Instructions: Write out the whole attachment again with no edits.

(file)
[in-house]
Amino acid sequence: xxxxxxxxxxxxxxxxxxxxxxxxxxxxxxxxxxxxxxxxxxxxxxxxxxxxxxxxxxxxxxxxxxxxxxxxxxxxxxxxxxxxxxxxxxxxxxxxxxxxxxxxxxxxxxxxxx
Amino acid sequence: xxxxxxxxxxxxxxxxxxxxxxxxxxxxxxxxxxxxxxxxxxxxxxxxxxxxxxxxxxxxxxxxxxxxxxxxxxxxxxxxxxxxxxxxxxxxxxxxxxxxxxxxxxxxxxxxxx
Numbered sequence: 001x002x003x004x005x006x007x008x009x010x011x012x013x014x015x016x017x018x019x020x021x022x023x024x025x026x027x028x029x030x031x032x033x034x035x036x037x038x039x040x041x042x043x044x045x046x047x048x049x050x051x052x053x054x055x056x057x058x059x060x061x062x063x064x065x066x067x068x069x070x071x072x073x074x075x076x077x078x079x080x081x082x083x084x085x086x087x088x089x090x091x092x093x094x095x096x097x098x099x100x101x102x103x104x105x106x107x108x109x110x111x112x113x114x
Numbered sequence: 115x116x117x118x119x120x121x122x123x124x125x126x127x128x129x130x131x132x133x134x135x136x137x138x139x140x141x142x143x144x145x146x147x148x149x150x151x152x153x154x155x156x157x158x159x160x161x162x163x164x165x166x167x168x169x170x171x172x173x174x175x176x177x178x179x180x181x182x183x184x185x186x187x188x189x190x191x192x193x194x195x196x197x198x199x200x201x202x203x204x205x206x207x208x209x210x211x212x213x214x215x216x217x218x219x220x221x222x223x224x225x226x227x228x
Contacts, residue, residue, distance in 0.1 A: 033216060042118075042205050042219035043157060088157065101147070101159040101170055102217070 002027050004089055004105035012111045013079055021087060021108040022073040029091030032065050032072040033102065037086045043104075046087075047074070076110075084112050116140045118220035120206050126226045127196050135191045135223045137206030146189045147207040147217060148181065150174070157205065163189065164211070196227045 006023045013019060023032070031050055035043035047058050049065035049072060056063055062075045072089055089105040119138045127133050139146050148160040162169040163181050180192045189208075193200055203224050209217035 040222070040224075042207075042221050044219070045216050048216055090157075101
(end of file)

[in-house]
Amino acid sequence: xxxxxxxxxxxxxxxxxxxxxxxxxxxxxxxxxxxxxxxxxxxxxxxxxxxxxxxxxxxxxxxxxxxxxxxxxxxxxxxxxxxxxxxxxxxxxxxxxxxxxxxxxxxxxxxxxx
Amino acid sequence: xxxxxxxxxxxxxxxxxxxxxxxxxxxxxxxxxxxxxxxxxxxxxxxxxxxxxxxxxxxxxxxxxxxxxxxxxxxxxxxxxxxxxxxxxxxxxxxxxxxxxxxxxxxxxxxxxx
Numbered sequence: 001x002x003x004x005x006x007x008x009x010x011x012x013x014x015x016x017x018x019x020x021x022x023x024x025x026x027x028x029x030x031x032x033x034x035x036x037x038x039x040x041x042x043x044x045x046x047x048x049x050x051x052x053x054x055x056x057x058x059x060x061x062x063x064x065x066x067x068x069x070x071x072x073x074x075x076x077x078x079x080x081x082x083x084x085x086x087x088x089x090x091x092x093x094x095x096x097x098x099x100x101x102x103x104x105x106x107x108x109x110x111x112x113x114x
Numbered sequence: 115x116x117x118x119x120x121x122x123x124x125x126x127x128x129x130x131x132x133x134x135x136x137x138x139x140x141x142x143x144x145x146x147x148x149x150x151x152x153x154x155x156x157x158x159x160x161x162x163x164x165x166x167x168x169x170x171x172x173x174x175x176x177x178x179x180x181x182x183x184x185x186x187x188x189x190x191x192x193x194x195x196x197x198x199x200x201x202x203x204x205x206x207x208x209x210x211x212x213x214x215x216x217x218x219x220x221x222x223x224x225x226x227x228x
Contacts, residue, residue, distance in 0.1 A: 033216060042118075042205050042219035043157060088157065101147070101159040101170055102217070 002027050004089055004105035012111045013079055021087060021108040022073040029091030032065050032072040033102065037086045043104075046087075047074070076110075084112050116140045118220035120206050126226045127196050135191045135223045137206030146189045147207040147217060148181065150174070157205065163189065164211070196227045 006023045013019060023032070031050055035043035047058050049065035049072060056063055062075045072089055089105040119138045127133050139146050148160040162169040163181050180192045189208075193200055203224050209217035 040222070040224075042207075042221050044219070045216050048216055090157075101